Any return for Zippy on the cards?
Zippy! Oh, you never know!
Have you ever been tempted to drop any Doctor Who in there? To have Daleks talking to her or anything like that or is it just too expensive?!
We thought about it with Life on Mars. But Doctor Who is so big. If it hadn’t been on T.V again, I’m sure we would have done but I’ve just remembered in Series Four, Ashley and Sarah did have the Daleks on T.V talking to Sam, with her mother’s voice as a Dalek! Which was great and really worked well. I think that when Doctor Who became really big again, while we were making Life on Mars, that it felt a bit like T.V eating itself , it just felt too incestuous really.
Were you ever involved in some of the earlier discussions to bring back Doctor Who, Matthew?
Yeah, I was! I initiated one of the earlier discussions. I obviously didn’t have as much clout as Russell but I went in and said to the BBC that I would love to do Doctor Who. But at the time, the writers were owned by Spielberg I think and were already tied up. But that lapsed and the rights came back to the BBC around the time that Russell was interested in it.
But a love of Doctor Who and growing up in that fan environment, has been responsible for some serious TV careers for writers, directors, producers. It seems to be a common rite of passage now, that it was a love of Doctor Who and books and reading that has launched quite a few careers.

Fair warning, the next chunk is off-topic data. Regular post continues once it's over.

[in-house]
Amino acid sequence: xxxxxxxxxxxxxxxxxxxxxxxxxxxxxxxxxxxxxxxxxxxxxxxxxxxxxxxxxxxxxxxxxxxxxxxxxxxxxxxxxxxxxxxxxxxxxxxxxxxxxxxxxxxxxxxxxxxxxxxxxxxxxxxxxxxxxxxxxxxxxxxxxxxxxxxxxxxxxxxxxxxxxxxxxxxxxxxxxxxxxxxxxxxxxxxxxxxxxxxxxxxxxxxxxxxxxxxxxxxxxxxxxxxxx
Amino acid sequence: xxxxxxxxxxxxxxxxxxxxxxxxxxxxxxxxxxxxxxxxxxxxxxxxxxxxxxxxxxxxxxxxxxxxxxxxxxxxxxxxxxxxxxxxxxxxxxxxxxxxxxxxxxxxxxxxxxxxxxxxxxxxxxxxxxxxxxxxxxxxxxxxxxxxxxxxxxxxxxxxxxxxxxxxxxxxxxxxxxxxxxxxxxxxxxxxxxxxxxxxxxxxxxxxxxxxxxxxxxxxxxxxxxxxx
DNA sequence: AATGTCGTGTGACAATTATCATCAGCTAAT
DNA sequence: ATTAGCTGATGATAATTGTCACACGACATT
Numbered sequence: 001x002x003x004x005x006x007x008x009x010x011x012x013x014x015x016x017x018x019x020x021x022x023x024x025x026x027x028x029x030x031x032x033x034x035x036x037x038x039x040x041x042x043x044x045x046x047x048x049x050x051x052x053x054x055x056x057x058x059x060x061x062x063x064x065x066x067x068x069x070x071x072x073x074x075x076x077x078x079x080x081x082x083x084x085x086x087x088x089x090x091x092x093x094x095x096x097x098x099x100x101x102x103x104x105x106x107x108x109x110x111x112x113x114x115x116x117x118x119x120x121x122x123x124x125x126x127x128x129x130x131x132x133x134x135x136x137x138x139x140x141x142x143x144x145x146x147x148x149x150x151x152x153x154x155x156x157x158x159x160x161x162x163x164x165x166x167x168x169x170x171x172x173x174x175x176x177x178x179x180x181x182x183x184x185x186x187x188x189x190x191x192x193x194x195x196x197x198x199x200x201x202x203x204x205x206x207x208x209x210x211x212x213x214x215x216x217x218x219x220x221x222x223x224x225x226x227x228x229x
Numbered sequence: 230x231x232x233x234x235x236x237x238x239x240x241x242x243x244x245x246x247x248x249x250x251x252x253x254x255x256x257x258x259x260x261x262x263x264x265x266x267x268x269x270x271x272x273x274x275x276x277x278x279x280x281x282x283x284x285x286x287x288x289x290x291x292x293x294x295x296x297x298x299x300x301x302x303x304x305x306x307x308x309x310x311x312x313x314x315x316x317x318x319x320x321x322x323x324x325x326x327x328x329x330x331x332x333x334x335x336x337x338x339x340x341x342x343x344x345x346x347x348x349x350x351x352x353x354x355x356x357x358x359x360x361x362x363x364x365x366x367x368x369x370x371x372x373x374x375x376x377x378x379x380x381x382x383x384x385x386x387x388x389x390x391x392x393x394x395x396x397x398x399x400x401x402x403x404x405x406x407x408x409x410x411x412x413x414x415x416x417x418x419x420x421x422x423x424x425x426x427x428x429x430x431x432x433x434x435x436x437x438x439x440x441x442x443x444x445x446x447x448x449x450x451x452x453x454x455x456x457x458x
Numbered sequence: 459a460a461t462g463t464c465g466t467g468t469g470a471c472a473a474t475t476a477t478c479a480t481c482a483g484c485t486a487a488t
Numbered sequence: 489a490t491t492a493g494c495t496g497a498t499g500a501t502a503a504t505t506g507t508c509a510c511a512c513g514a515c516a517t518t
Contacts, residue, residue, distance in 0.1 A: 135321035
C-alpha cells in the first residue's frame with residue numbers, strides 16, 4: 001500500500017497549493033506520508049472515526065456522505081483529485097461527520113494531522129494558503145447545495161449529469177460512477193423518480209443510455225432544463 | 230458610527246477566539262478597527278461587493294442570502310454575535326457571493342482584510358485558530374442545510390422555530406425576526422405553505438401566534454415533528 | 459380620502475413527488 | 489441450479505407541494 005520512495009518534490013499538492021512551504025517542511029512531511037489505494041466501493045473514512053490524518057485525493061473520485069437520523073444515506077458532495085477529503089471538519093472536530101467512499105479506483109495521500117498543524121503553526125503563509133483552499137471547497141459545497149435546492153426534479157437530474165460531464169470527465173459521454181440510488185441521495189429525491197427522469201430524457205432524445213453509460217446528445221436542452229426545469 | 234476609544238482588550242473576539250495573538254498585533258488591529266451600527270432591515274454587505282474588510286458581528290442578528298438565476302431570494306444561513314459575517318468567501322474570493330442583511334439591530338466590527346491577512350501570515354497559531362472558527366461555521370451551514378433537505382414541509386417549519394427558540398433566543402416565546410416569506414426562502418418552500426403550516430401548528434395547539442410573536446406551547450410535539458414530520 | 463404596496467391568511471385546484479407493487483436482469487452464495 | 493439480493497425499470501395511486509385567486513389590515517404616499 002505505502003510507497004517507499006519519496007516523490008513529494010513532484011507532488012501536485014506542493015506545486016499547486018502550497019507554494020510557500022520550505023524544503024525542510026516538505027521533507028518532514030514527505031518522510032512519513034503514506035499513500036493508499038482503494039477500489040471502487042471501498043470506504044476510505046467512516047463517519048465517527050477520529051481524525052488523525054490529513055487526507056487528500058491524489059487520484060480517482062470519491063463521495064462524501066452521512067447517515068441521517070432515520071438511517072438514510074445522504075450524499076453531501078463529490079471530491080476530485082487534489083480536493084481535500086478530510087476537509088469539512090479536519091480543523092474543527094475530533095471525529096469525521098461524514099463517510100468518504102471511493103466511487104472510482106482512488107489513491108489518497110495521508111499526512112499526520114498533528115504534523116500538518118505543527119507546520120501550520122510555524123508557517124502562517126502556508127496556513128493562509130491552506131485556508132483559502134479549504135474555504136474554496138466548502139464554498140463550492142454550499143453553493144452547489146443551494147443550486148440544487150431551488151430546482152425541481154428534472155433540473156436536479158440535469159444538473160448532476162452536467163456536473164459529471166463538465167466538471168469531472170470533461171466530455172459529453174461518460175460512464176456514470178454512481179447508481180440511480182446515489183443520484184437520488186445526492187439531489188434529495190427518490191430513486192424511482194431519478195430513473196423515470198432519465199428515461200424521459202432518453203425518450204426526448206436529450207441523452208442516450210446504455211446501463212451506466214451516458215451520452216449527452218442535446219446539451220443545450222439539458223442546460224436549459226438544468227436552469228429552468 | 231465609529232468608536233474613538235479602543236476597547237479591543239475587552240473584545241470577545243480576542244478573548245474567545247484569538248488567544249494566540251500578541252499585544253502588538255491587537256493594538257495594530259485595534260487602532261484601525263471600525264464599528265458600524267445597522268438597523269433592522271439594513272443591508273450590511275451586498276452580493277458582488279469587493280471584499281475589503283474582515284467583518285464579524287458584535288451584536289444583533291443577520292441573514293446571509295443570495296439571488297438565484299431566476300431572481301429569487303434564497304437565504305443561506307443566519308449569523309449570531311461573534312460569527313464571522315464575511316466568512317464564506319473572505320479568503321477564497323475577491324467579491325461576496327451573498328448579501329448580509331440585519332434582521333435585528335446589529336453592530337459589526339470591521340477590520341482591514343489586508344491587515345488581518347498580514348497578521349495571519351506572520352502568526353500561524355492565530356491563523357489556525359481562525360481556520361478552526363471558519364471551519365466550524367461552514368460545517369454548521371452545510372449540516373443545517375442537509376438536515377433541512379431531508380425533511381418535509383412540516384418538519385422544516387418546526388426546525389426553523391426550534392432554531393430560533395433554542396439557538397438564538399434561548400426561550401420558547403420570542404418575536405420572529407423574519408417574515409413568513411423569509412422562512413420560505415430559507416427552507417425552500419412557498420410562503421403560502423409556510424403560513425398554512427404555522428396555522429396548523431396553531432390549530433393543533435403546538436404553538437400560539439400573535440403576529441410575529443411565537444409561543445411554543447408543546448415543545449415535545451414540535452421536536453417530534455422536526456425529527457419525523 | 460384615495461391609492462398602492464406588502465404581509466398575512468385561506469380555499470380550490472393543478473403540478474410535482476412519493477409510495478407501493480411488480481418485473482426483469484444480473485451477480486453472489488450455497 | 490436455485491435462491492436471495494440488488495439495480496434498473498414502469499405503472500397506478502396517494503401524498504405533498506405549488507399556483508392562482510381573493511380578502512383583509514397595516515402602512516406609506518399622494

I think for any child who had the imagination, Doctor Who was thieving it. It was the only thing, that as a child, fed your imagination in that way. There were a lot of children’s programmes, but with Doctor Who, it was something that felt as if it wasn’t for children, it was for anybody.
So, moving forward. There’s a U.S Series in the pipeline and intrigingly a Spanish Life on Mars in the pipeline?
Are we going to see Franco-ists?
I reckon it could be some Franco-ists, that would be fantastic! But what I was very keen to see, was whether the Germans were going to make one, where a burly copper wakes back up behind the wall! But the show didn’t go down very well in Germany, so it’s a real shame. The U.S one is under construction as we speak.
Do you think the American audiences will be ready for something “clever”, after Lost?
I totally think they are ready for it, I think they were into that kind of stuff before us really, it’s just they lost several months before Life on Mars. So it’s just a case of getting it right. They made a pilot already, which didn’t work out as well as they’d hoped so I think they scrapped it and they are re-doing it now in New York. And we are talking to the writers of it next week, as they start filming it very soon. I can’t tell you who yet but they are trying to cast an amazing Hollywood actor for Gene, which would be really amazing if they get him (GK – recently revealed as Harvey Keitel).
With thanks to Matthew Graham for being so accommodating with his time and Elena Kemp of Premier PR for all her help.
Read the full interview (conducted in summer 2008) in which Matthew discusses Life on Mars and Ashes to Ashes at length as well as a bit of Bonekickers. (Note the interview is in PDF format complete with the planned layout.)